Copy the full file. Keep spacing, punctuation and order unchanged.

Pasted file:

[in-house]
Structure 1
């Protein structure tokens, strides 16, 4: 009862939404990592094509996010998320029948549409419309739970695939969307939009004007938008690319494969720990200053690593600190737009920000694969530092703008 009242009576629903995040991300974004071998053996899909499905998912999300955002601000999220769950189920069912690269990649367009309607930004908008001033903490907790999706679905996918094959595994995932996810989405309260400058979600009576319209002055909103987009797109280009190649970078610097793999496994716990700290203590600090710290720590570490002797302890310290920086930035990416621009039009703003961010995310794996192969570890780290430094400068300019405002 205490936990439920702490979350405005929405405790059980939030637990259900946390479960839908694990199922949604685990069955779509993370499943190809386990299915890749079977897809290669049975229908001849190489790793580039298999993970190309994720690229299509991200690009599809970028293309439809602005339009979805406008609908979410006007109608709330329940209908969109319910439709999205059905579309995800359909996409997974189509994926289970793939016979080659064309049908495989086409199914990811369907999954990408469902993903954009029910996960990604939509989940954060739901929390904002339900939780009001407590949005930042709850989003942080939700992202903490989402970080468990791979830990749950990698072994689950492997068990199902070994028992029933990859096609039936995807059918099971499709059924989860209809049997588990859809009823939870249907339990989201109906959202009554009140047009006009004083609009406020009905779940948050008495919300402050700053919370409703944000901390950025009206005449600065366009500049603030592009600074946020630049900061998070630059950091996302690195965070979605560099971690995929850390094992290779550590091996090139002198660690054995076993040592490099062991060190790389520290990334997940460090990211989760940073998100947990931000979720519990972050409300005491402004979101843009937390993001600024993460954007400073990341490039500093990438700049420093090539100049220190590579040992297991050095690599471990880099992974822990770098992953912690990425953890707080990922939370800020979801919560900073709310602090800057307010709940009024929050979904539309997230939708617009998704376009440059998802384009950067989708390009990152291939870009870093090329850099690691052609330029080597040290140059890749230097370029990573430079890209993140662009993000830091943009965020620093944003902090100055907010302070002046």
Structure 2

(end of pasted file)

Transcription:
[in-house]
Structure 1
């Protein structure tokens, strides 16, 4: 009862939404990592094509996010998320029948549409419309739970695939969307939009004007938008690319494969720990200053690593600190737009920000694969530092703008 009242009576629903995040991300974004071998053996899909499905998912999300955002601000999220769950189920069912690269990649367009309607930004908008001033903490907790999706679905996918094959595994995932996810989405309260400058979600009576319209002055909103987009797109280009190649970078610097793999496994716990700290203590600090710290720590570490002797302890310290920086930035990416621009039009703003961010995310794996192969570890780290430094400068300019405002 205490936990439920702490979350405005929405405790059980939030637990259900946390479960839908694990199922949604685990069955779509993370499943190809386990299915890749079977897809290669049975229908001849190489790793580039298999993970190309994720690229299509991200690009599809970028293309439809602005339009979805406008609908979410006007109608709330329940209908969109319910439709999205059905579309995800359909996409997974189509994926289970793939016979080659064309049908495989086409199914990811369907999954990408469902993903954009029910996960990604939509989940954060739901929390904002339900939780009001407590949005930042709850989003942080939700992202903490989402970080468990791979830990749950990698072994689950492997068990199902070994028992029933990859096609039936995807059918099971499709059924989860209809049997588990859809009823939870249907339990989201109906959202009554009140047009006009004083609009406020009905779940948050008495919300402050700053919370409703944000901390950025009206005449600065366009500049603030592009600074946020630049900061998070630059950091996302690195965070979605560099971690995929850390094992290779550590091996090139002198660690054995076993040592490099062991060190790389520290990334997940460090990211989760940073998100947990931000979720519990972050409300005491402004979101843009937390993001600024993460954007400073990341490039500093990438700049420093090539100049220190590579040992297991050095690599471990880099992974822990770098992953912690990425953890707080990922939370800020979801919560900073709310602090800057307010709940009024929050979904539309997230939708617009998704376009440059998802384009950067989708390009990152291939870009870093090329850099690691052609330029080597040290140059890749230097370029990573430079890209993140662009993000830091943009965020620093944003902090100055907010302070002046």
Structure 2